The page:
Effects of reduced risk-insecticides on the soybean (Glycine max) natural enemy community
Wayne J. Ohnesorg, firstname.lastname@example.org and Matthew E. O'Neal, email@example.com. Iowa State University, Entomology, 113 Insectary, Iowa State University, Ames, IA
Natural enemies are an important part of soybean aphid (Aphis glycines Matsumura (Hemiptera: Aphididae) management. Broad spectrum insecticides, like lambda-cyhalothrin, are frequently used to control soybean aphids but reduce natural enemy abundance. Insecticides considered reduced-risk when, by mode of action or method of contact, have limited exposure to non-target species. Our objective was to determine if reduced-risk insecticides have a limited impact on the natural enemy community in soybeans. During the 2005 and 2006 growing season we applied lambda-cyhalothrin (Warrior®) and several potential reduced-risk insecticide to small plots of soybeans with naturally occurring soybean aphid populations. Reduced-risk insecticides included; nicotinoid seed treatments imidacloprid (Gaucho®) and thiamethoxam (Cruiser®), a foliar applied imidacloprid (Trimax®) and foliar applied pymetrozine (Fulfill®). Products were chosen based on mode of contact (systemic; imidacloprid and thiamethoxam) and selectivity for aphids (pymetrozine). We monitored soybean aphids and associated natural enemies before application of the foliar applied insecticides and at a 3-week period post-application. Aphids and natural enemies were sampled by visual inspection of the plant and sweep-nets. Regardless of mode of action, foliar applied insecticides provided greater control of soybean aphids than seed treatment, which were not significantly different from our untreated plots. The foliar insecticide lambda-cyhalothrin had the greatest reduction in total natural enemies. Seed treatments, the foliar applied imidacloprid and pymetrozine had no observable effect on the natural enemy community, including Orius insidiosus (Hemiptera: Anthocoridae) a soybean aphid predator known to feed on soybeans during times of low prey availability.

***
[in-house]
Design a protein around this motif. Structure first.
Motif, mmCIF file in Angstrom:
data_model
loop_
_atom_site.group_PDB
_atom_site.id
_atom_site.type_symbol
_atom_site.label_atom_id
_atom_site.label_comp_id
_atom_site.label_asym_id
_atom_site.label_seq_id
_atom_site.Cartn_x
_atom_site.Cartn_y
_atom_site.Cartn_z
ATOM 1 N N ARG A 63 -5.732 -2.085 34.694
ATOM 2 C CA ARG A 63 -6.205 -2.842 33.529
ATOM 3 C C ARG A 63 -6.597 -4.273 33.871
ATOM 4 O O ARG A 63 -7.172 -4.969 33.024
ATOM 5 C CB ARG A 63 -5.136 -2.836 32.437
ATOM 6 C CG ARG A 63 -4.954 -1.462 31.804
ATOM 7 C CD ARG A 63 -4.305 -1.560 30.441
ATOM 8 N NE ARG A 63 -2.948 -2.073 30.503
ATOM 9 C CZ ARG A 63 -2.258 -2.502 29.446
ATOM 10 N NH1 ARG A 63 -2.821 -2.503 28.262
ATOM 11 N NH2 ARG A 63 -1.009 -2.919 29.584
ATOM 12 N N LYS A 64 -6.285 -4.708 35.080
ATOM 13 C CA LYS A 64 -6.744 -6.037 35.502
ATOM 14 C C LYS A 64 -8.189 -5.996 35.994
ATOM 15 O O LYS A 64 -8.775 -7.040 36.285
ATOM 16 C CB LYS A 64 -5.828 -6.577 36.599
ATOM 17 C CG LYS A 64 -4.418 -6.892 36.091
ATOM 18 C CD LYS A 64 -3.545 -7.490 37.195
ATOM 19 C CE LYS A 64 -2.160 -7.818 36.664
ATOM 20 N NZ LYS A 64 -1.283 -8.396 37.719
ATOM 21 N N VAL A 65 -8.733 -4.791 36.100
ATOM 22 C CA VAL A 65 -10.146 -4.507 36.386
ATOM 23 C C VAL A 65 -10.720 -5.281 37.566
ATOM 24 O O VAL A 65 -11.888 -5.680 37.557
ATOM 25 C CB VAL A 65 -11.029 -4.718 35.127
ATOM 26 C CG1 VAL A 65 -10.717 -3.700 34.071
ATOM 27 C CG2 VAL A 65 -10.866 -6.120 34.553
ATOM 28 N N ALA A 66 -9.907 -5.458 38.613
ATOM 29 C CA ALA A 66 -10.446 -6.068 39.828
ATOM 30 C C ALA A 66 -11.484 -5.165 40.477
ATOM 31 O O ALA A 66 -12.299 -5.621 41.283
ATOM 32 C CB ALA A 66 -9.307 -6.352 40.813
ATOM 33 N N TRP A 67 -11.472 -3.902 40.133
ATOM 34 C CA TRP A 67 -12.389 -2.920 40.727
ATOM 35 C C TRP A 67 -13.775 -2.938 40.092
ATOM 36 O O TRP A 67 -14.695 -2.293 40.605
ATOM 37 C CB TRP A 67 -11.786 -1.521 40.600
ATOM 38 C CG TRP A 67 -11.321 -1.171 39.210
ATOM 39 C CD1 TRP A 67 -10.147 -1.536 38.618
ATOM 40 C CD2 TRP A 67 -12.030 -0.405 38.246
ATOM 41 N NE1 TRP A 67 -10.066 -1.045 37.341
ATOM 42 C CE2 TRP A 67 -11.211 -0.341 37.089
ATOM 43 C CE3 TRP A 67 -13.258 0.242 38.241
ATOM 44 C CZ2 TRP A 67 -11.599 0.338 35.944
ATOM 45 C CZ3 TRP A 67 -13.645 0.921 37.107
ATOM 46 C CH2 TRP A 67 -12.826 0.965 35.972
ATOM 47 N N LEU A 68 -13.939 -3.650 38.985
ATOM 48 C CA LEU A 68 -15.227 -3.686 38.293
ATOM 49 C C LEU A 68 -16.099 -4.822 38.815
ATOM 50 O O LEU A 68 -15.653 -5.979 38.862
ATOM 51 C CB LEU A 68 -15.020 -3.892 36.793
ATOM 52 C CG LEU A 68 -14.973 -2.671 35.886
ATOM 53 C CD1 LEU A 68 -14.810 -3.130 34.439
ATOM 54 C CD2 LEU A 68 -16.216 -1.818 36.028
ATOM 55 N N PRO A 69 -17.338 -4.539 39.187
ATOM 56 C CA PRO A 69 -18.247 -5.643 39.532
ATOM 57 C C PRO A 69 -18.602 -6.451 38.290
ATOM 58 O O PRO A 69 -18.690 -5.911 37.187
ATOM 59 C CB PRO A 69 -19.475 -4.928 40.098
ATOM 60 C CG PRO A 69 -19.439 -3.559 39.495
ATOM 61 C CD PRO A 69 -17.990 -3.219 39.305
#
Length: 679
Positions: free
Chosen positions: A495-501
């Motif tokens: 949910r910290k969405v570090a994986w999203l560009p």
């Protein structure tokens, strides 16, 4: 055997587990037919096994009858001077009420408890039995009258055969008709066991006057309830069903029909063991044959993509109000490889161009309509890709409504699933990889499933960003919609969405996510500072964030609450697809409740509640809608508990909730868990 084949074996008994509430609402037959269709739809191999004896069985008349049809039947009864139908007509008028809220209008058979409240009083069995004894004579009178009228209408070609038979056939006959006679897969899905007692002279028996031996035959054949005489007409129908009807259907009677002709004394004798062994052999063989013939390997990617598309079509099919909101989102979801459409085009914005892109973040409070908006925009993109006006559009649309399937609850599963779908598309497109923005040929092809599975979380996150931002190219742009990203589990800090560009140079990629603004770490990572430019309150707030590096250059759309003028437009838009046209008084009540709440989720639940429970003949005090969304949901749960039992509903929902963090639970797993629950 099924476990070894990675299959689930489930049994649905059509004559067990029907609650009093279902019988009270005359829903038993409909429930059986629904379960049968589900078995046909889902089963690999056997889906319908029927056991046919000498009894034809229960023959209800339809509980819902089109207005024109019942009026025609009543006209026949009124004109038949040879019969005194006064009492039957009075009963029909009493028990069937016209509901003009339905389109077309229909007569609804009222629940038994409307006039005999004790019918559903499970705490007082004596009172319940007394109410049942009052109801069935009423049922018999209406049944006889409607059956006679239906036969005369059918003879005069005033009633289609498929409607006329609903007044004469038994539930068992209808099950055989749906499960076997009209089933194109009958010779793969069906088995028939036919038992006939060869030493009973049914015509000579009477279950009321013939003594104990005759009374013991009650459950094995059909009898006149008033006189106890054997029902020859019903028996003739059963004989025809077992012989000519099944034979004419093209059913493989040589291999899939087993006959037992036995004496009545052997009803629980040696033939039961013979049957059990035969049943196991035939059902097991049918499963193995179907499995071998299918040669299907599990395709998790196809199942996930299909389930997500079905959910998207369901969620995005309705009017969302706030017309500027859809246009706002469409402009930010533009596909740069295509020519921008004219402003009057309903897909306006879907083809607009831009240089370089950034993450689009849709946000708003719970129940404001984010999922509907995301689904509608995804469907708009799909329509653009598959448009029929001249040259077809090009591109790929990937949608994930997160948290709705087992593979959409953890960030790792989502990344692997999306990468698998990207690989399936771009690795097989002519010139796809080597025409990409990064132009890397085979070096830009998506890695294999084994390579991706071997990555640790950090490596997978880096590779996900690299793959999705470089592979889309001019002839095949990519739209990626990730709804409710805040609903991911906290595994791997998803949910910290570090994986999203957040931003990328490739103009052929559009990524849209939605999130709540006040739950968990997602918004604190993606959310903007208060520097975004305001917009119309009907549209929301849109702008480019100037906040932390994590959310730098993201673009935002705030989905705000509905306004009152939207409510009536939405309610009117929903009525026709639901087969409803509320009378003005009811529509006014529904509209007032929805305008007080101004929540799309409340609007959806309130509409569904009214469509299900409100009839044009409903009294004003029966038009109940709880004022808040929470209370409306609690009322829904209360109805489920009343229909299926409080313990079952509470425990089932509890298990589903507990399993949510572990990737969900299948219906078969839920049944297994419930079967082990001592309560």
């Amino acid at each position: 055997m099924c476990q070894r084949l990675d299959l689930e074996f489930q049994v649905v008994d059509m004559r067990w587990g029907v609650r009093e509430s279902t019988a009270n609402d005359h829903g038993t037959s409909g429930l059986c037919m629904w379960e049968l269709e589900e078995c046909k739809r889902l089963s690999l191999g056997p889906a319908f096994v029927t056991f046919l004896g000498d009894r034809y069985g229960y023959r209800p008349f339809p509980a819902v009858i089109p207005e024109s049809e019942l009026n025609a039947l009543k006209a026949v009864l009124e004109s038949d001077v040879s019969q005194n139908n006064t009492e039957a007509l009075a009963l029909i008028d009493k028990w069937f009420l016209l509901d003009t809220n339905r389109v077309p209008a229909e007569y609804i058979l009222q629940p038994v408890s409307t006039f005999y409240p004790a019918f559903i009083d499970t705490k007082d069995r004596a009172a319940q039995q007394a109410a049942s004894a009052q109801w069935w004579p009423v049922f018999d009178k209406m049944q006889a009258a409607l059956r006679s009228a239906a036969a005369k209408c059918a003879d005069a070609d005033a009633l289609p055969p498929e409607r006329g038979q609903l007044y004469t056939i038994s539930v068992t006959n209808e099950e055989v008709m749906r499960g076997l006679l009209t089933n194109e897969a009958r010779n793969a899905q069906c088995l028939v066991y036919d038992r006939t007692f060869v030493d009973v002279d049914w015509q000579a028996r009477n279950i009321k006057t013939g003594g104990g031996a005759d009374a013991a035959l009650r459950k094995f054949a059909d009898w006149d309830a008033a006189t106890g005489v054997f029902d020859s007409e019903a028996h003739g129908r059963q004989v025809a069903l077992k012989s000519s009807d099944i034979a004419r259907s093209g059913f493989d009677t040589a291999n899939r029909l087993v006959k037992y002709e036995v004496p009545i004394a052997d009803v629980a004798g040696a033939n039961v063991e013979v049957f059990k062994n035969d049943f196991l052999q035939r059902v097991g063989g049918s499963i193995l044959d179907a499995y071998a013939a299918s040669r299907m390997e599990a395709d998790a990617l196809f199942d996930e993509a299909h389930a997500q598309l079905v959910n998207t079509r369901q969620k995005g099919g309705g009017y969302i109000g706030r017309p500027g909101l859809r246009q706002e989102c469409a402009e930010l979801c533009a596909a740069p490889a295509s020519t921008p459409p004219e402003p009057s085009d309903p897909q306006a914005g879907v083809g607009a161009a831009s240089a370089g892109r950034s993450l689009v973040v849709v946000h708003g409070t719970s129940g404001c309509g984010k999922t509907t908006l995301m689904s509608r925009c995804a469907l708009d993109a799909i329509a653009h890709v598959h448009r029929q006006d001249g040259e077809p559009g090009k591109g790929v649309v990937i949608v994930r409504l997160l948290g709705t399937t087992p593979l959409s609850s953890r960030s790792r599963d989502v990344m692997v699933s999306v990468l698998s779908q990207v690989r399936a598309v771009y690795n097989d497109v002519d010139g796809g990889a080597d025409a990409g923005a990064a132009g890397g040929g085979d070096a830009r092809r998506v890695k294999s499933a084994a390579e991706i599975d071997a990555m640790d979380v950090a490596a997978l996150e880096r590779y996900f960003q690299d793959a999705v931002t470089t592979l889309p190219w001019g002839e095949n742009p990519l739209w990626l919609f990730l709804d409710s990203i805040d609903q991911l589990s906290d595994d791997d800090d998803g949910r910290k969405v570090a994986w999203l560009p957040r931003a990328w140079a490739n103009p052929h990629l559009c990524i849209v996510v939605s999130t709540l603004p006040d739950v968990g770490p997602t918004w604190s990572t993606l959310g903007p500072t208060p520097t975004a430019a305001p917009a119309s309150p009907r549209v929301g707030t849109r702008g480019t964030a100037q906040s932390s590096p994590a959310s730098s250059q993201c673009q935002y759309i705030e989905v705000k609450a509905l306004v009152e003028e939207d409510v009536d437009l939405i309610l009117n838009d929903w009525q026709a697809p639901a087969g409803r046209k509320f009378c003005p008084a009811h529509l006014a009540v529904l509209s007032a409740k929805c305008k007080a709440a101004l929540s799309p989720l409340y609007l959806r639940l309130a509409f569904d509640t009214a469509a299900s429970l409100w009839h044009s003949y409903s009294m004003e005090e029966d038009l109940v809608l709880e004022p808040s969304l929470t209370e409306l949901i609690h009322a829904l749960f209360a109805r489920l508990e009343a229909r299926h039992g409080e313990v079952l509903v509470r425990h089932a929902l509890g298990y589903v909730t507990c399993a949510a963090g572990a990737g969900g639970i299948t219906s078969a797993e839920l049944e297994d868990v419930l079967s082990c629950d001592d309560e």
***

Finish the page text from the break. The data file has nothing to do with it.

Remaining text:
Species 1: Hemiptera Aphididae Aphisglycines (soybean aphid)